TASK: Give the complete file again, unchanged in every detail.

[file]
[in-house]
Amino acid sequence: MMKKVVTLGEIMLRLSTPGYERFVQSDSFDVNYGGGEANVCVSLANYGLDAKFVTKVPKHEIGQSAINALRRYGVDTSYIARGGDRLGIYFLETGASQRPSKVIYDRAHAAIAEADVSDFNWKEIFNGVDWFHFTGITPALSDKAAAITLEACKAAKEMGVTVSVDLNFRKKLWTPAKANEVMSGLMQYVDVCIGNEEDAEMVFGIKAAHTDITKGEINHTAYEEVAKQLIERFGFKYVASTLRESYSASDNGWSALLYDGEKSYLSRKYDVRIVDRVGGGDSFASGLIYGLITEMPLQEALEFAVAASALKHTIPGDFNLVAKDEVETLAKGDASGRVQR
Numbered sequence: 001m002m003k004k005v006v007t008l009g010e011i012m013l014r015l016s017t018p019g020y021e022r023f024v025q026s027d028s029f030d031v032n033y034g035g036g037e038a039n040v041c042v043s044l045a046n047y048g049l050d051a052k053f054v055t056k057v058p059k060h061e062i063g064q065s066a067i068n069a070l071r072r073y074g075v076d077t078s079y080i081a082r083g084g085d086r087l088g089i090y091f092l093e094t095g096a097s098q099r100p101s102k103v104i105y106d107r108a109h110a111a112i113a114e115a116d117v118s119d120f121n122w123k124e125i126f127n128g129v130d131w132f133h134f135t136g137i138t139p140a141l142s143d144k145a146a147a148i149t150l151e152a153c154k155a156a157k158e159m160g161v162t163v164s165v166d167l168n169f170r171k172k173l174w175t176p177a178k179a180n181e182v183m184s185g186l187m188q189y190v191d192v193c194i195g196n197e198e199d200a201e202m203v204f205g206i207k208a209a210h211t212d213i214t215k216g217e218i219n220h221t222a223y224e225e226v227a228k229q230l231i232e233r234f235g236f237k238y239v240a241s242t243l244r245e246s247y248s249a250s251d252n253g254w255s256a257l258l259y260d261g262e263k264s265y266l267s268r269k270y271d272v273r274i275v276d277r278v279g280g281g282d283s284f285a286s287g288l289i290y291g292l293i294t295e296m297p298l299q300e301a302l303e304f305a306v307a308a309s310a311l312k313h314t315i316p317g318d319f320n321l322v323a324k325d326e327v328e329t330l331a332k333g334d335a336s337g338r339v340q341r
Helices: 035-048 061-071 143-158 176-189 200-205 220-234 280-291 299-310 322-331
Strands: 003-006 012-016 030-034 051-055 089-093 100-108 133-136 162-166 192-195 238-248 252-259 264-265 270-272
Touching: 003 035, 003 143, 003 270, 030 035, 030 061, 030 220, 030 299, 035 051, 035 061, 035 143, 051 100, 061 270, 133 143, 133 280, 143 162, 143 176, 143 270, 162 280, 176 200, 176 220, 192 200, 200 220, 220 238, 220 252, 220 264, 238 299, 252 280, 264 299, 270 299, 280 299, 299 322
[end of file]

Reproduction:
[in-house]
Amino acid sequence: MMKKVVTLGEIMLRLSTPGYERFVQSDSFDVNYGGGEANVCVSLANYGLDAKFVTKVPKHEIGQSAINALRRYGVDTSYIARGGDRLGIYFLETGASQRPSKVIYDRAHAAIAEADVSDFNWKEIFNGVDWFHFTGITPALSDKAAAITLEACKAAKEMGVTVSVDLNFRKKLWTPAKANEVMSGLMQYVDVCIGNEEDAEMVFGIKAAHTDITKGEINHTAYEEVAKQLIERFGFKYVASTLRESYSASDNGWSALLYDGEKSYLSRKYDVRIVDRVGGGDSFASGLIYGLITEMPLQEALEFAVAASALKHTIPGDFNLVAKDEVETLAKGDASGRVQR
Numbered sequence: 001m002m003k004k005v006v007t008l009g010e011i012m013l014r015l016s017t018p019g020y021e022r023f024v025q026s027d028s029f030d031v032n033y034g035g036g037e038a039n040v041c042v043s044l045a046n047y048g049l050d051a052k053f054v055t056k057v058p059k060h061e062i063g064q065s066a067i068n069a070l071r072r073y074g075v076d077t078s079y080i081a082r083g084g085d086r087l088g089i090y091f092l093e094t095g096a097s098q099r100p101s102k103v104i105y106d107r108a109h110a111a112i113a114e115a116d117v118s119d120f121n122w123k124e125i126f127n128g129v130d131w132f133h134f135t136g137i138t139p140a141l142s143d144k145a146a147a148i149t150l151e152a153c154k155a156a157k158e159m160g161v162t163v164s165v166d167l168n169f170r171k172k173l174w175t176p177a178k179a180n181e182v183m184s185g186l187m188q189y190v191d192v193c194i195g196n197e198e199d200a201e202m203v204f205g206i207k208a209a210h211t212d213i214t215k216g217e218i219n220h221t222a223y224e225e226v227a228k229q230l231i232e233r234f235g236f237k238y239v240a241s242t243l244r245e246s247y248s249a250s251d252n253g254w255s256a257l258l259y260d261g262e263k264s265y266l267s268r269k270y271d272v273r274i275v276d277r278v279g280g281g282d283s284f285a286s287g288l289i290y291g292l293i294t295e296m297p298l299q300e301a302l303e304f305a306v307a308a309s310a311l312k313h314t315i316p317g318d319f320n321l322v323a324k325d326e327v328e329t330l331a332k333g334d335a336s337g338r339v340q341r
Helices: 035-048 061-071 143-158 176-189 200-205 220-234 280-291 299-310 322-331
Strands: 003-006 012-016 030-034 051-055 089-093 100-108 133-136 162-166 192-195 238-248 252-259 264-265 270-272
Touching: 003 035, 003 143, 003 270, 030 035, 030 061, 030 220, 030 299, 035 051, 035 061, 035 143, 051 100, 061 270, 133 143, 133 280, 143 162, 143 176, 143 270, 162 280, 176 200, 176 220, 192 200, 200 220, 220 238, 220 252, 220 264, 238 299, 252 280, 264 299, 270 299, 280 299, 299 322